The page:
No one wants Plan A to go awry, but when it does, reactions speak volumes. After each losing their team leader, a starker contrast between the reactions of Team Sky and Team Tinkoff Saxo could not exist. I place responsibility for these reactions quite squarely at the feet of team management…
Riis and Co (Riis) chose a Plan A team for a Plan A leader. After losing Contador and his right hand man Jesus Hernandez, results still came. Majka’s Stage 14 win; Majka grabs the polka dot jersey; Michael Rogers’ Stage 16 win; Majka’s Stage 17 win and finally, Majka keeping the polka dot jersey until Paris. The polka dot jersey competition was no consolation prize this year, but an ardent battle with Rodriguez behind only by one point prior to Majka’s stage 17 win. On this stage, Rodriguez gained 24 points compared to Majka’s 10 over the first three climbs, but it was Riis’ tactical knowledge that proved the difference:
“Bjarne told me not to go for the King of the Mountain points (on the first three climbs), he said ‘wait, wait, wait, you’ll get double points at the finish’,” said Majka.
The comments after each of Saxo’s stage wins shared a similar theme; Riis at the start of the day targeting the stage with the rider.
Riis transformed Majka from his public grumpiness at Tour selection, to be a little more accepting of the news just before the Tour, to ultimately believe he could not only win a stage, but be crowned a Tour de France King of the Mountains.
The shots on Instagram, Twitter etc. showed a team happy with their achievements, celebrating as a team, with Contador, as passionate as Cav, cheering from afar. None of it felt like forced PR. From this point of view at least, this was a team with heart. A success in itself after the blow of losing Contador.
Sky chose largely a Plan B team for a Plan A rider.
Brailsford and Co’s (Brailsford) non selection of Wiggins was a failure on many levels. Fans and Sky biased pundits shout “but he would not have brought team unity for Froome.” That Brailsford had not managed this situation in the first place and then was scared to manage it during the Tour, so much so, he left out an in form rider at the expense of including some less in form ones, screams poor management. Whether Wiggins would’ve won a stage or survived the mountains is not valid here, he was clearly in form and should’ve been there.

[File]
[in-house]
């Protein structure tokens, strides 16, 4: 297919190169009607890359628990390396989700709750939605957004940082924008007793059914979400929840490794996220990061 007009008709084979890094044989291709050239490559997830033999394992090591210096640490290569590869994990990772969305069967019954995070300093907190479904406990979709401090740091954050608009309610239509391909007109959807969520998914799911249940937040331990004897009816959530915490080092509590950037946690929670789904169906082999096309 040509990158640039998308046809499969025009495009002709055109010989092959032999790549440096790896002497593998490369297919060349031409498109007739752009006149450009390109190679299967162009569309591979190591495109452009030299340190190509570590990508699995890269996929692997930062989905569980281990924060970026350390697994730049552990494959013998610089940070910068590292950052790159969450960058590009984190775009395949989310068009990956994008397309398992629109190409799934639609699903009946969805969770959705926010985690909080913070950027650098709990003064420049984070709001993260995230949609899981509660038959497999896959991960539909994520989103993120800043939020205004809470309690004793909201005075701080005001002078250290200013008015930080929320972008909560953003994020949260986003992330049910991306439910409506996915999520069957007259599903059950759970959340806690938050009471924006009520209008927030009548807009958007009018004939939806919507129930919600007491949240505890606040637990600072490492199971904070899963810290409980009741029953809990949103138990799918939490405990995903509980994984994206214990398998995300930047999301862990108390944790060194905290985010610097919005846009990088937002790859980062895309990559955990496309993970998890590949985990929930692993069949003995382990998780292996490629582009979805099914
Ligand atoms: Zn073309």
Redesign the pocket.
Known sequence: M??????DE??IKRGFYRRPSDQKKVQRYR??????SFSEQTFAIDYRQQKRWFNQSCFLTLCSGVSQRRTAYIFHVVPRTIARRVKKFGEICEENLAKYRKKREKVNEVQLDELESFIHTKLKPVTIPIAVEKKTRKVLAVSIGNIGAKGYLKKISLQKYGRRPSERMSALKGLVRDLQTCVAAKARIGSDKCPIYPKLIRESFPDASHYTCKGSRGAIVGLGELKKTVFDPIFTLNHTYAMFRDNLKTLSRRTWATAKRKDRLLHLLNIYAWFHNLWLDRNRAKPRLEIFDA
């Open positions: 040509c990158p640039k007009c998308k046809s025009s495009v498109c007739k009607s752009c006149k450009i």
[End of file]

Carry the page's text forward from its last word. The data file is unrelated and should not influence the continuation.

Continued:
Peter Kennaugh, who won the British national road championships just before the Tour was also not included. After going on to win the Tour of Austria and speaking at the Commonwealth Games, Kennaugh publicly criticised Team Sky management:
“I feel like I’ve already proved what I can do, I don’t feel like I need to prove myself anymore. It’s starting to get frustrating when the team says things like ‘you need to go and prove yourself,’ said Kennaugh.
Team Sky of course couldn’t help Porte getting sick, but don’t forget Saxo lost Hernandez too. It would also be interesting to see if Sky were being truthful about Porte’s numbers before the Tour given his lack of race days.
Brailsford selected some less in form riders, but also mismanaged those in form. For example, Kiryienka’s hearty digs in the mountains should’ve been better managed tactically.
Earlier in the tour when both Contador and Froome had abandoned, I thought it’s quite easy to pick on Team Sky and felt it was unfair. After all, Tinkoff Saxo seemed to only have a Plan A in Contador. But now looking back, I see it is justifiably easy.
Team Sky were not even close to picking up a stage win or a grab at a jersey. The PR seemed forced and morale was quite clearly low, the heart had been spread sheeted out of the team.
Brasilford however was successful at one thing, at least from this point of view: massaging the ego of a rider he made larger than the team and its sponsors. Perhaps Brailsford is just not built for the road.